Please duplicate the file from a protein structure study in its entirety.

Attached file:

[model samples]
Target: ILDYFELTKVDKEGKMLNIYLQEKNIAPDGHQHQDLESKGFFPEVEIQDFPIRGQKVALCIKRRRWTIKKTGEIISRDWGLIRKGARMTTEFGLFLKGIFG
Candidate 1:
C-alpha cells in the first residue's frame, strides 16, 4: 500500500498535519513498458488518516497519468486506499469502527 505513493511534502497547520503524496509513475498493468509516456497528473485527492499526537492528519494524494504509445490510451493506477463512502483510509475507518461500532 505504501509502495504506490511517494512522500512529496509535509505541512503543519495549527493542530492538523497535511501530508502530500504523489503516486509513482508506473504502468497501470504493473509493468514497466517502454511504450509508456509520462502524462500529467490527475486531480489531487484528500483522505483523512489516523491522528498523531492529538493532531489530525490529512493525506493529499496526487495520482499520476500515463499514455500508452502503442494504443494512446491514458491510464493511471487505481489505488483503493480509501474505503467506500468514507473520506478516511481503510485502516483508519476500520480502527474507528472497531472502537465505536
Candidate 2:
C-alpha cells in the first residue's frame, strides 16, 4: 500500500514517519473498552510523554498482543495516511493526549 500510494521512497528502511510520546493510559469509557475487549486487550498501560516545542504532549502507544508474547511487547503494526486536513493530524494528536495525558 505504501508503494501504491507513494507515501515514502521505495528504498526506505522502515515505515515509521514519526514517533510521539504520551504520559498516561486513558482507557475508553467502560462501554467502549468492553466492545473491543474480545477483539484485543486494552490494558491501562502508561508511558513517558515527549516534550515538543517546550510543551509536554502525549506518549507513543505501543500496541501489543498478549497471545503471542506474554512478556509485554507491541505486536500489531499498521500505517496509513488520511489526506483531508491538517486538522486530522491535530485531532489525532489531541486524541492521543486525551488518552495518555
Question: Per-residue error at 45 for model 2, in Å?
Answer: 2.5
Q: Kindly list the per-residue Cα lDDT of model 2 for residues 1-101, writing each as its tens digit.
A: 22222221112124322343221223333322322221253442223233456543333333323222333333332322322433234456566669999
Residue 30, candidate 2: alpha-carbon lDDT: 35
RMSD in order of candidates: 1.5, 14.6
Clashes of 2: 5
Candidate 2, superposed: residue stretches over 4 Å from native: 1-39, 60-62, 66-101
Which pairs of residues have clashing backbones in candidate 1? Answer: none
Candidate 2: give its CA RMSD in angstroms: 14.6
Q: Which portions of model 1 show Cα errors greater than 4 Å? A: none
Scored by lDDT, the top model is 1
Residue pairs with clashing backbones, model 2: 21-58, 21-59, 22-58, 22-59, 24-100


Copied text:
[model samples]
Target: ILDYFELTKVDKEGKMLNIYLQEKNIAPDGHQHQDLESKGFFPEVEIQDFPIRGQKVALCIKRRRWTIKKTGEIISRDWGLIRKGARMTTEFGLFLKGIFG
Candidate 1:
C-alpha cells in the first residue's frame, strides 16, 4: 500500500498535519513498458488518516497519468486506499469502527 505513493511534502497547520503524496509513475498493468509516456497528473485527492499526537492528519494524494504509445490510451493506477463512502483510509475507518461500532 505504501509502495504506490511517494512522500512529496509535509505541512503543519495549527493542530492538523497535511501530508502530500504523489503516486509513482508506473504502468497501470504493473509493468514497466517502454511504450509508456509520462502524462500529467490527475486531480489531487484528500483522505483523512489516523491522528498523531492529538493532531489530525490529512493525506493529499496526487495520482499520476500515463499514455500508452502503442494504443494512446491514458491510464493511471487505481489505488483503493480509501474505503467506500468514507473520506478516511481503510485502516483508519476500520480502527474507528472497531472502537465505536
Candidate 2:
C-alpha cells in the first residue's frame, strides 16, 4: 500500500514517519473498552510523554498482543495516511493526549 500510494521512497528502511510520546493510559469509557475487549486487550498501560516545542504532549502507544508474547511487547503494526486536513493530524494528536495525558 505504501508503494501504491507513494507515501515514502521505495528504498526506505522502515515505515515509521514519526514517533510521539504520551504520559498516561486513558482507557475508553467502560462501554467502549468492553466492545473491543474480545477483539484485543486494552490494558491501562502508561508511558513517558515527549516534550515538543517546550510543551509536554502525549506518549507513543505501543500496541501489543498478549497471545503471542506474554512478556509485554507491541505486536500489531499498521500505517496509513488520511489526506483531508491538517486538522486530522491535530485531532489525532489531541486524541492521543486525551488518552495518555
Question: Per-residue error at 45 for model 2, in Å?
Answer: 2.5
Q: Kindly list the per-residue Cα lDDT of model 2 for residues 1-101, writing each as its tens digit.
A: 22222221112124322343221223333322322221253442223233456543333333323222333333332322322433234456566669999
Residue 30, candidate 2: alpha-carbon lDDT: 35
RMSD in order of candidates: 1.5, 14.6
Clashes of 2: 5
Candidate 2, superposed: residue stretches over 4 Å from native: 1-39, 60-62, 66-101
Which pairs of residues have clashing backbones in candidate 1? Answer: none
Candidate 2: give its CA RMSD in angstroms: 14.6
Q: Which portions of model 1 show Cα errors greater than 4 Å? A: none
Scored by lDDT, the top model is 1
Residue pairs with clashing backbones, model 2: 21-58, 21-59, 22-58, 22-59, 24-100